The Comeback

The Comeback

Seven Stories of Women Who Went From Career to Family and Back Again

Book - 2008
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A must-read for all women juggling career and family: an inspiring book that argues that women can have it all--just not all at once.

We've all heard the chatter in magazines and on television about off-ramps and on-ramps, decreased earning power, increased competition, too much readjustment, too little flexibility, no jobs, no hope--nothing to look forward to. Women are used to being told that once we get off the career track, we can't get back on. In The Comeback, Emma Gilbey Keller proves that this isn't true: More and more, companies today are looking at the value of hiring returning mothers. In this encouraging book, Keller tells the stories of seven very different women who sought to strike a balance between demanding careers and budding families. With all of them there came a moment--unplanned--when they decided to give up work and become full-time mothers. Then, some time later, each of them decided it was time to start thinking about going back. Their stories are complicated, filled with the choices, decisions and trade-offs that all mothers face. Each ended up with some version of the balance that we all strive for as we juggle work and families. Achieving this balance always takes effort, frustration, and give-and-take, but in the end anyone can do it.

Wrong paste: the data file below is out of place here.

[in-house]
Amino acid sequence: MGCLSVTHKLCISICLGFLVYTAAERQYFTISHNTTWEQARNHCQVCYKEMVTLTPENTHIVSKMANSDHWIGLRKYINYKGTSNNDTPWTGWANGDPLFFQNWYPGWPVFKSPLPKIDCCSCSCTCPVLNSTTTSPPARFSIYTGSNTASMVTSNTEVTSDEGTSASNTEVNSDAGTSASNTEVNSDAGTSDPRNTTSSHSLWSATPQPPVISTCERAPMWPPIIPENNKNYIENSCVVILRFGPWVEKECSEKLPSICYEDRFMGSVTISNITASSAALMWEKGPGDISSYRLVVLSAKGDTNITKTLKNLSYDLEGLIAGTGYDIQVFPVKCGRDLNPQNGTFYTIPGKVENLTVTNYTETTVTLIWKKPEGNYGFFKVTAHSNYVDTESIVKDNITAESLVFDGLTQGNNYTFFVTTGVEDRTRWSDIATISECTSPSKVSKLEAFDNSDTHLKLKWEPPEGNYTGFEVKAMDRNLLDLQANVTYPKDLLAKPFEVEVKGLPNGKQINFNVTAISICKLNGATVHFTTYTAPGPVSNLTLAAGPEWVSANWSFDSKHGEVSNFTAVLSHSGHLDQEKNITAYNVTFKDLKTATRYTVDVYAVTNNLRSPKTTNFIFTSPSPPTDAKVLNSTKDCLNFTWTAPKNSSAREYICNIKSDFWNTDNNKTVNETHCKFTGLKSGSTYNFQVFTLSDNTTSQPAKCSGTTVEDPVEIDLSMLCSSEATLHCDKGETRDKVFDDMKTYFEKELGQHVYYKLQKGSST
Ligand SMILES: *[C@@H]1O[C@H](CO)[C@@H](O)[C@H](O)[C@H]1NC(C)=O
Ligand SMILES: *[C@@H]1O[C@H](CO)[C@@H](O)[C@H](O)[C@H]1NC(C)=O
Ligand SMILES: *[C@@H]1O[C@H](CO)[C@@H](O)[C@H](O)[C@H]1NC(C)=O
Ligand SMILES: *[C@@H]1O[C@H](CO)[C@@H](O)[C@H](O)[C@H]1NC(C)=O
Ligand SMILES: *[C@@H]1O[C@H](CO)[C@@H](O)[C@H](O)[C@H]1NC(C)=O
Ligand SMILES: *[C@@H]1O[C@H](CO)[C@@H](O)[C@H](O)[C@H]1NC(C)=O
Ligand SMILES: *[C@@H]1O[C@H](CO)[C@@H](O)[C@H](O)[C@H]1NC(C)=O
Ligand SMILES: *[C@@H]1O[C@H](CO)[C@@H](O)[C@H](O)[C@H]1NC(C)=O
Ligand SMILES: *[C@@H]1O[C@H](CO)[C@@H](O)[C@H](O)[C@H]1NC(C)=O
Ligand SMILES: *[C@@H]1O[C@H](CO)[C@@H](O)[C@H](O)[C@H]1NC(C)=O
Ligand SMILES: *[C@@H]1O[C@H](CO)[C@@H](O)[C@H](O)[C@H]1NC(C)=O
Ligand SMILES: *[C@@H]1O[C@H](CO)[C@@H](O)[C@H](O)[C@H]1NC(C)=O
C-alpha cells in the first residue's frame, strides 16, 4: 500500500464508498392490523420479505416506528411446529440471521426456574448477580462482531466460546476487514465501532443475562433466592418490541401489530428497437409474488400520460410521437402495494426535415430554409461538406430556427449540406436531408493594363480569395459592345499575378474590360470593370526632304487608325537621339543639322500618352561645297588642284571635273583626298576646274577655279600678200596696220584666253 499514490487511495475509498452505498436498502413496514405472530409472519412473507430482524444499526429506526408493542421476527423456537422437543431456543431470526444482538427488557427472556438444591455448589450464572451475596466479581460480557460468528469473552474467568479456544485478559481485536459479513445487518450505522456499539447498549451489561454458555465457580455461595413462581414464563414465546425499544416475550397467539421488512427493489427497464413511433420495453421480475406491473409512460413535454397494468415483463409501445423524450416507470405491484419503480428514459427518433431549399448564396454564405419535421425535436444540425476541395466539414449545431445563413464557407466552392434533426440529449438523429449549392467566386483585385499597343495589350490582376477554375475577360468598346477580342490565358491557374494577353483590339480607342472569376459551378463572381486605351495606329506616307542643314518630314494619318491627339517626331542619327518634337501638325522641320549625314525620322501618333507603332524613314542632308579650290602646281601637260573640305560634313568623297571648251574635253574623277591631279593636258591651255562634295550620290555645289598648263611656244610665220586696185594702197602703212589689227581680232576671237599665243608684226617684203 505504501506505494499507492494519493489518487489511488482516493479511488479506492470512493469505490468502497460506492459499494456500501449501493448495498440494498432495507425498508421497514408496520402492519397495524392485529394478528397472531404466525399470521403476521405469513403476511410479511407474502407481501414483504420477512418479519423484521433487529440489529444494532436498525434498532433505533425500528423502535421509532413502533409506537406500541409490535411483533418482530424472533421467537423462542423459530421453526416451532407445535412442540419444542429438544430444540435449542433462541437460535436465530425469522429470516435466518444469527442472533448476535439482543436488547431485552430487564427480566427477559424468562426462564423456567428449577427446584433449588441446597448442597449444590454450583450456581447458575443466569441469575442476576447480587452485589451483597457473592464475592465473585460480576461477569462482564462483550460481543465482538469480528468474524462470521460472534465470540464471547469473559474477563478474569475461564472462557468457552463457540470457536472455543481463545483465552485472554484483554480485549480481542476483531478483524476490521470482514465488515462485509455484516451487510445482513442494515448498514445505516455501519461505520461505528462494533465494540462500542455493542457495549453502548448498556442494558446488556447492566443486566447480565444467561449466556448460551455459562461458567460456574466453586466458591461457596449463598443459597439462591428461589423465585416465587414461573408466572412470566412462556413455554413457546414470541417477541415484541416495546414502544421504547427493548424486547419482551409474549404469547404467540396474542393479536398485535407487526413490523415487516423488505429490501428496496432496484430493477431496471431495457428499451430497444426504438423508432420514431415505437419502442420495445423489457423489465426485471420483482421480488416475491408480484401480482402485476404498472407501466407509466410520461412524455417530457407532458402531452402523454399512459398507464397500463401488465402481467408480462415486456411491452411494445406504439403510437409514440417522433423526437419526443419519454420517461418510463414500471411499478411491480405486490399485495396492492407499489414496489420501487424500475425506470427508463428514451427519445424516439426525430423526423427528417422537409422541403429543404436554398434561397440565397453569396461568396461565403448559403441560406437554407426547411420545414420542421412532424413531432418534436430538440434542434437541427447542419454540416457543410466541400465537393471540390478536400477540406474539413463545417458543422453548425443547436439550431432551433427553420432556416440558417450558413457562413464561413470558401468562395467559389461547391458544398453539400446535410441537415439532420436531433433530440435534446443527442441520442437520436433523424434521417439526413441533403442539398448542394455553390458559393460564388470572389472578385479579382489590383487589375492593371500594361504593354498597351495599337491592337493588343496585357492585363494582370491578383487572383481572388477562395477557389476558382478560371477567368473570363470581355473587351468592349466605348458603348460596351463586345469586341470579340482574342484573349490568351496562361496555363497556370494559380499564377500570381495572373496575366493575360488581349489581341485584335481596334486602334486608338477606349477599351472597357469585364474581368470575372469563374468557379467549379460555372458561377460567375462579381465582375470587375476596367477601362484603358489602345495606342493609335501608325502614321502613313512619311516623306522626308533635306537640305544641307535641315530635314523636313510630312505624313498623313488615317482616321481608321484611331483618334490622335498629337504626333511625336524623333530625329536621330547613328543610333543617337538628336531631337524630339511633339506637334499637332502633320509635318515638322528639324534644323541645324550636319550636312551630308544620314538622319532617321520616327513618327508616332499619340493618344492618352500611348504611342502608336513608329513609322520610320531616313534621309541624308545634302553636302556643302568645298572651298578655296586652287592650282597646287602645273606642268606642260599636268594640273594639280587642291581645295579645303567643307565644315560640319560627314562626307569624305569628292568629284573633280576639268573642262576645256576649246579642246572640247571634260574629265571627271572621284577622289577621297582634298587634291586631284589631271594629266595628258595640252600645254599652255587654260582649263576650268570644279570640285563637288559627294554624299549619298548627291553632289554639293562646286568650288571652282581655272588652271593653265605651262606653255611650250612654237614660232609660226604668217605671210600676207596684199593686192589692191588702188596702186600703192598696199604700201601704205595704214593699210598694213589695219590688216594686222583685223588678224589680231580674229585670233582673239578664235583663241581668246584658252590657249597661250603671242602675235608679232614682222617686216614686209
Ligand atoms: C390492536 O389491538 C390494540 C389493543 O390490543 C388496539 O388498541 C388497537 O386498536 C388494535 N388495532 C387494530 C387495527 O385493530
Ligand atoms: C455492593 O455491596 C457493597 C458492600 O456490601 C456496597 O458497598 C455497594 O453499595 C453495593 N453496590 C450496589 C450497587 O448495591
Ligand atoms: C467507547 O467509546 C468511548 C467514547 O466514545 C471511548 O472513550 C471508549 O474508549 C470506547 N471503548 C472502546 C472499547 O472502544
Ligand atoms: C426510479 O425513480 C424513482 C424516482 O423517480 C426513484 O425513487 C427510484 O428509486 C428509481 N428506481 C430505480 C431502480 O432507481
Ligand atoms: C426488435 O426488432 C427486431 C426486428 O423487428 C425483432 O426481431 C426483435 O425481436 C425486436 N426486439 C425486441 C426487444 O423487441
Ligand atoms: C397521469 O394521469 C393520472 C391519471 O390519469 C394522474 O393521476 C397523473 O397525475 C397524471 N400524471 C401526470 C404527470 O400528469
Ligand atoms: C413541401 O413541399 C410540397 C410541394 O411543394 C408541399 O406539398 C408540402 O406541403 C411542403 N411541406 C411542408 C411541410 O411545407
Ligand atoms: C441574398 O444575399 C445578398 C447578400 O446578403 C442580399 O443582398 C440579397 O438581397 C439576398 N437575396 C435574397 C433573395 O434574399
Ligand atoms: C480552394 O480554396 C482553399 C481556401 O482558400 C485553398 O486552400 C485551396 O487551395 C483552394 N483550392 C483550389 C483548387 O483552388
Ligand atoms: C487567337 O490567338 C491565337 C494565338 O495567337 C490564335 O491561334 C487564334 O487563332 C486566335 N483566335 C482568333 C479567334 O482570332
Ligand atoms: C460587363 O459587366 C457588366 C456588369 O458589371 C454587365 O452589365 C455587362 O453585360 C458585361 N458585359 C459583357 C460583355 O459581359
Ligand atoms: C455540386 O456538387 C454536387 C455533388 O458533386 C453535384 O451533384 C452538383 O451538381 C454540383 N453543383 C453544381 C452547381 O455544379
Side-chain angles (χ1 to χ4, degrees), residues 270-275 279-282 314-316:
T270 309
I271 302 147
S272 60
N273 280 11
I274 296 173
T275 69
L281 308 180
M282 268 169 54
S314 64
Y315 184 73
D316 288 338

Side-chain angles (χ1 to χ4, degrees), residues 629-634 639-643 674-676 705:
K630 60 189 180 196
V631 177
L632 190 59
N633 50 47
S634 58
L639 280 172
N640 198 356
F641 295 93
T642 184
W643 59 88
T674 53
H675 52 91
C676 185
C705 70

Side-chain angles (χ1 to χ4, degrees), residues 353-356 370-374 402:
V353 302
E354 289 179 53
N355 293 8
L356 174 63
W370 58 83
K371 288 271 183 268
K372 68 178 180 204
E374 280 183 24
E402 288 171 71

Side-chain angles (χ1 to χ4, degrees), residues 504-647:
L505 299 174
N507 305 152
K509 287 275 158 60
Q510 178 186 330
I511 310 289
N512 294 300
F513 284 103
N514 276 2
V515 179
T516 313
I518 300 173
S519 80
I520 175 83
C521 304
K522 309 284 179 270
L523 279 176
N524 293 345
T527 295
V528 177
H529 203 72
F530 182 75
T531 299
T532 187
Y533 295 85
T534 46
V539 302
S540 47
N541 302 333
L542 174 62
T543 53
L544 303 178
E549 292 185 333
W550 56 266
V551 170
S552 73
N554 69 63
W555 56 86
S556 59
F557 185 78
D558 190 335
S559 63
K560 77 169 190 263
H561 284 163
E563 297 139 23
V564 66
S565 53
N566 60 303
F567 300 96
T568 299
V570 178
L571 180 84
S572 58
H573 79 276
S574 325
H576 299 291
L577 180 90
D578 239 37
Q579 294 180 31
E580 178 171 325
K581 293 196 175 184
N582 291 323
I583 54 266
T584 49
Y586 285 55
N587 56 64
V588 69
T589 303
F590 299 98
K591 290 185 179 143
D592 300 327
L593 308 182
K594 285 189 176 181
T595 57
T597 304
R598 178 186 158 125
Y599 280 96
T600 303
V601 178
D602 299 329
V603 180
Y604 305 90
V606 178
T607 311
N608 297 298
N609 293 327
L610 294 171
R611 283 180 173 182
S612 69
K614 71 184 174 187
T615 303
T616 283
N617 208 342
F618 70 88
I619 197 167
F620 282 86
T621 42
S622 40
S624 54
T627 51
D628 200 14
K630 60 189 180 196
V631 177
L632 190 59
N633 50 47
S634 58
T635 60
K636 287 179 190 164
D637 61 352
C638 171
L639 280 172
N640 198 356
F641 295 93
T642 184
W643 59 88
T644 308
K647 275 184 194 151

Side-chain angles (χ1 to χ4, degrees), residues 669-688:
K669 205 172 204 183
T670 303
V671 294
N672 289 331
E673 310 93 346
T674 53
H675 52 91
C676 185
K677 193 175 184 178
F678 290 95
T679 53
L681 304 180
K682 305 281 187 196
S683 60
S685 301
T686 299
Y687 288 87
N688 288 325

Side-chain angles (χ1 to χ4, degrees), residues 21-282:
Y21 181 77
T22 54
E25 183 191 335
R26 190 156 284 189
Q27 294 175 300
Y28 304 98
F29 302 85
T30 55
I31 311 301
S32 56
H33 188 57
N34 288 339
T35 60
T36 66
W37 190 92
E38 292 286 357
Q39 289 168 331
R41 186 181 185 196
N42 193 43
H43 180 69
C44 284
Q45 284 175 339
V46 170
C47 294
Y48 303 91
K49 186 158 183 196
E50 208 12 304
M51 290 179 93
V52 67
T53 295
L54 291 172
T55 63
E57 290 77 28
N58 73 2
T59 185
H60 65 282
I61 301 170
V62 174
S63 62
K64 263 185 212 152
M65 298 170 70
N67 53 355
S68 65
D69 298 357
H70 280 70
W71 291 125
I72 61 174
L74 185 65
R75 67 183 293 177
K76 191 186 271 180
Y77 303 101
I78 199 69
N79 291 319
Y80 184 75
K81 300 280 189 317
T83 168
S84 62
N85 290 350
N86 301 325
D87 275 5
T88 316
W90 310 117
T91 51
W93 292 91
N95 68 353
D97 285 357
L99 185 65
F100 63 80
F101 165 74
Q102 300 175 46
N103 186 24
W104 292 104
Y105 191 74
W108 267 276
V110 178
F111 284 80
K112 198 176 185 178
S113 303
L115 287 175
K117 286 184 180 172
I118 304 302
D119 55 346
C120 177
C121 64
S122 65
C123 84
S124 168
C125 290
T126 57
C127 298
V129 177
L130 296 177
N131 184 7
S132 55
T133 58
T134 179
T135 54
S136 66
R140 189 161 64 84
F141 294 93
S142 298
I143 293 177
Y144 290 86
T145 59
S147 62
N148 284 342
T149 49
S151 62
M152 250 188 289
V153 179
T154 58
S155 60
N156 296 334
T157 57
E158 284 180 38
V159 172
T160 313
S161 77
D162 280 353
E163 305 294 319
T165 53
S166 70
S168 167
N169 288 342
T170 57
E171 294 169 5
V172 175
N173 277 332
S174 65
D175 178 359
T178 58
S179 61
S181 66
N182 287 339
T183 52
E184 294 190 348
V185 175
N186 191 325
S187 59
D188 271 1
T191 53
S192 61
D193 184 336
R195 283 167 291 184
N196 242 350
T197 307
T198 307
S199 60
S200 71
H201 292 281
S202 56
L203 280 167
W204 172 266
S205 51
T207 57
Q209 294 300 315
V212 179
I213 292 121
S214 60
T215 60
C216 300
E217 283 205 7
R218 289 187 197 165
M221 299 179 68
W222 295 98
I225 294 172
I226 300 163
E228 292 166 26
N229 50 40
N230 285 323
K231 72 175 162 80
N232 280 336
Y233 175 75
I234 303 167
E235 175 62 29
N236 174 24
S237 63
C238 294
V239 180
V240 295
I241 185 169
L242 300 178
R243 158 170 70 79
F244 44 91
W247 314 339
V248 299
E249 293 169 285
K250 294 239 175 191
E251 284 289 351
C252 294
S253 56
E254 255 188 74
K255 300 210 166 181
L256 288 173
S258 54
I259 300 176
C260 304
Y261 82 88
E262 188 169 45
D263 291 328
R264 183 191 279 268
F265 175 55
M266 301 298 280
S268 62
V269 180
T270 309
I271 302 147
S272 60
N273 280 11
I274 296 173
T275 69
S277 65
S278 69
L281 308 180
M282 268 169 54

An absorbing blend of story, insight, advice, and inspiration, The Comeback offers a positive message to mothers overwhelmed by the ever-shifting work versus home debate.

Publisher: New York, NY : Bloomsbury USA, 2008.
Edition: First U.S. edition.
ISBN: 9781596912236
Branch Call Number: 331.44092273 KEL
Characteristics: 228 pages ; 24 cm


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Jul 30, 2015

I'll be honest, I didn't finish this book. I was looking for something useful--not inspiring--to guide me as I move from being a SAHM to returning to my previous career. This is not the book. The first two profiles are more about how fabulously dressed these women are, how chic their upper east side manhattan apartments are, how fabulous their social lives where before they had kids. And then they had kids, and there were some struggles, and then they could be fabulous and trend-setting again. But in no way are those women representative of most career women or mothers. White, wealthy, urban--with all the status and privileges that go with it. I'm not bashing on wealth or whiteness or urbanness, except when it is centered as being the normal. The next woman profiled was more on the side of what I'd consider normal, though still white and married. But she had financial dilemma and the decisions she made had real risks associated with them. But the treatment she got from the author was completely cursory. I stopped reading there.

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